I'm stumped why this is happening, the only thing I can think of is that the water volume is too small to accommodate it getting past a certain size, though 180 grams is relatively not that big for a 100 litre container. And with the large airstone and large flow surely it should not by a carbon issue?
<It (the reason) might well be simply the crowding, concentration/biomass of the algae here. The practice of regularly removing, keeping this at some optimum concentration is a common element of Macrophytes culture. Algae, and other life, do produce sorts of "negative feedback loop" limiting their
further expansion in a given environment, space, conditions.>
Do you have any idea how I can make it to continue to grow past this volume with the container I have?
<I suspect you are "up against it" in terms of growth, amount of Chaeto you can grow under present conditions. I do know, have experienced folks growing this genus (in Kona, HI) in "tumble culture"... i.e. in large circular pools (set up above water), utilizing air bubbles exiting from a circular pipe set in and away from the side of the pool, to keep the algae in constant, slow tumbling, allowing all a chance at sunlight, access to nutrients, release of wastes; utilizing open addition of new water,
flushing out old>
thank you in advance
<Thank you for sharing. Bob Fenner>
Re: Chaetomorpha experiment      5/18/19

Thank you for your amazing insight. That was my guess so thank you for clarifying it's great to get another perspective. I might have a rethink of what I could do
<Again; thank you... Glad we could share. BobF>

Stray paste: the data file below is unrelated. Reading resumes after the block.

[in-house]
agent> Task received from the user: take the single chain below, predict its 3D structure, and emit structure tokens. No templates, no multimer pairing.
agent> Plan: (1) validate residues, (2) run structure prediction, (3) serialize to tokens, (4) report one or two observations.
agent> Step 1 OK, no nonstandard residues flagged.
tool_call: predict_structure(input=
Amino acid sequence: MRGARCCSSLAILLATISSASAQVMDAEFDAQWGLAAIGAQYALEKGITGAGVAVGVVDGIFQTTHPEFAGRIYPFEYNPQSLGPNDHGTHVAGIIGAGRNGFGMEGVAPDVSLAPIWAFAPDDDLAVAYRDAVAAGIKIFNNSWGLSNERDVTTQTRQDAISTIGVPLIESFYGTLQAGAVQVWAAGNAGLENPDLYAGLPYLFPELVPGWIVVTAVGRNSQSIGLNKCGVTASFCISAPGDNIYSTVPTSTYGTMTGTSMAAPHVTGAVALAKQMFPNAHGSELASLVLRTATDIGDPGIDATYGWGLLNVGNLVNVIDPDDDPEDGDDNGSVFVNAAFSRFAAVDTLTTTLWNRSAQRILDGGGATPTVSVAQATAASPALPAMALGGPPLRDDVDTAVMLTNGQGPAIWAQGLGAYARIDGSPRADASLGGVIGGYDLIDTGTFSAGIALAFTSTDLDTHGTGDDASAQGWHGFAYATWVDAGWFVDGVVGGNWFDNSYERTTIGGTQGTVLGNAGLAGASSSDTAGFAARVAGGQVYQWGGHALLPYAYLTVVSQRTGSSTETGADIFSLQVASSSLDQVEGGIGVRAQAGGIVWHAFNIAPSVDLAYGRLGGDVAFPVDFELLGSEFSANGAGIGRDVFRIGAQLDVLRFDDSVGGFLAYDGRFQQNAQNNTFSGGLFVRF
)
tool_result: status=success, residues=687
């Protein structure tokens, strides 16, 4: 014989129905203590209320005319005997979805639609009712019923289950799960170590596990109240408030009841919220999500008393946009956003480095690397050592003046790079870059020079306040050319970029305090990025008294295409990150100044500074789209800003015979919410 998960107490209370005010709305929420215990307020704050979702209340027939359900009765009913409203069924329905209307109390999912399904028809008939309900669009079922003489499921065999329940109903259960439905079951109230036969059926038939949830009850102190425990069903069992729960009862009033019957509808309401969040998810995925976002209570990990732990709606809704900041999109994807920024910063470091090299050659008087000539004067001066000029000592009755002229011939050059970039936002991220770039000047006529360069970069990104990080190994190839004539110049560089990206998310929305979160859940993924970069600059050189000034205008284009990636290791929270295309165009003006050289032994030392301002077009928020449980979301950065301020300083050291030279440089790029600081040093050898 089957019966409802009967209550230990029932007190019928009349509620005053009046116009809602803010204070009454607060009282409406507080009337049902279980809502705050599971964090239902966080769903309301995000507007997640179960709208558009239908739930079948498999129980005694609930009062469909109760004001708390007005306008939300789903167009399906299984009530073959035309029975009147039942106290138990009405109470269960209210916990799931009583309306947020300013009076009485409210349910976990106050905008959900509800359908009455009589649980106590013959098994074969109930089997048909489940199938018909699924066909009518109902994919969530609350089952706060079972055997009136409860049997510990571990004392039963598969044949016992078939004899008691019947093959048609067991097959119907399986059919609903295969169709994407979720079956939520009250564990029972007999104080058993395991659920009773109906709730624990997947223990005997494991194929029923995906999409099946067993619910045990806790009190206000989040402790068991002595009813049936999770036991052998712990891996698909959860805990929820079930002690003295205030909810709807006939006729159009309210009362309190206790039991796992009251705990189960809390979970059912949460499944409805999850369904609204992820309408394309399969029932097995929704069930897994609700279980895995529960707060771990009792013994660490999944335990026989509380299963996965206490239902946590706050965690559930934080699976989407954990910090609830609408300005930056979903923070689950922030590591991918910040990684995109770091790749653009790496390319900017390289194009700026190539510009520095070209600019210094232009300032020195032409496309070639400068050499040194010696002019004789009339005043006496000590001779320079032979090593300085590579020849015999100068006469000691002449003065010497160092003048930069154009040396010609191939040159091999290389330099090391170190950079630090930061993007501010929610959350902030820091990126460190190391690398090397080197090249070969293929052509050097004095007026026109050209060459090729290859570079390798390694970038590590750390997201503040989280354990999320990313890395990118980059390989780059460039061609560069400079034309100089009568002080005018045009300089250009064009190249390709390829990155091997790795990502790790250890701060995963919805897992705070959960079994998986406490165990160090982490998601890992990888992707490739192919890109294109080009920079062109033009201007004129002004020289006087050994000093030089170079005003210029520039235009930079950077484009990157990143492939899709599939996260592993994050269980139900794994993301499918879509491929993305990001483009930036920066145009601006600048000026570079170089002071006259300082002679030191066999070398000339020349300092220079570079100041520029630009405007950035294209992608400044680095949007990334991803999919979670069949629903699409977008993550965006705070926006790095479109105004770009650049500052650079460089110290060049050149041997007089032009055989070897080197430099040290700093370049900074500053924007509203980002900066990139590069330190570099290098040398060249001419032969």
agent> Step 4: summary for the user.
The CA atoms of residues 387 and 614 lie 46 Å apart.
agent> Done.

Chaetomorpha Growth…Or Lack Of… - 09/22/17
The subject title will make you go noooooooo,
but I've got a question I cannot find an answer to.
Ever since I've grown Chaeto, I've been successful in keeping it. Until recently. Nothing has changed, the available nutrients are still there, the red/blue light is still there and adequate flow is still there. I had my crop die over a period of a month, just disintegrated. I replaced it with another healthy handful which has grown slightly (nowhere near as fast as before), but is also disintegrating now. The question is, in your knowledge does Chaeto require anything other than the aforementioned, which it may be lacking? I have a flourishing sps system with close to ideal parameters.
<<The alga needs pretty much everything your SPS need…including adequate water flow. Some say the Chaetomorpha needs enough water flow to make it “tumble” but I have never found that to really be necessary. I keep Chaetomorpha in a 55g RDP refugium with a flow-through rate of about 450 GPH which has proven sufficient for more than a decade. Much of the water is directed to ‘flow through’ the alga, but it certainly does not tumble. If flow is not an issue, double-check water parameters. Another possibility is something is either attacking the alga (chemical attack), or maybe it is simply being outcompeted by the system/your other filtration.>>
As the coral have grown larger year on year, is it possible they are consuming what may have been previously available for the Chaeto?
<<Indeed…you may no longer need the Chaetomorpha, though I like it not only for its filtration properties but also as a habitat and nursery for the myriad of critters it hosts.>>
Kind regards,
<<And to you…EricR>>
Re: Chaetomorpha growth    9/26/17

Thanks Eric, you've confirmed what I had suspected.
Kind regards,
<<Happy to assist...EricR>>

Chaetomorpha and Hospital Tank     1/11/17
Quick question, is it OK to use macroalgae, e.g.; Chaetomorpha in a hospital tank secured by an algae clip, for example during a Cupramine treatment?
<Mmm; no... the algae... most biota will "complex" the copper, other med.s as well... And the copper will kill the algae>

I realize that it's recommended to only use inert substances in a hospital tank, and macroalgae, isn't considered inert, however, I was wondering if it might be an exception?
<No; not at all. IF you were feeding it... and removing the part the animals didn't consume; that might work out. But I would not leave algae in a treatment tank>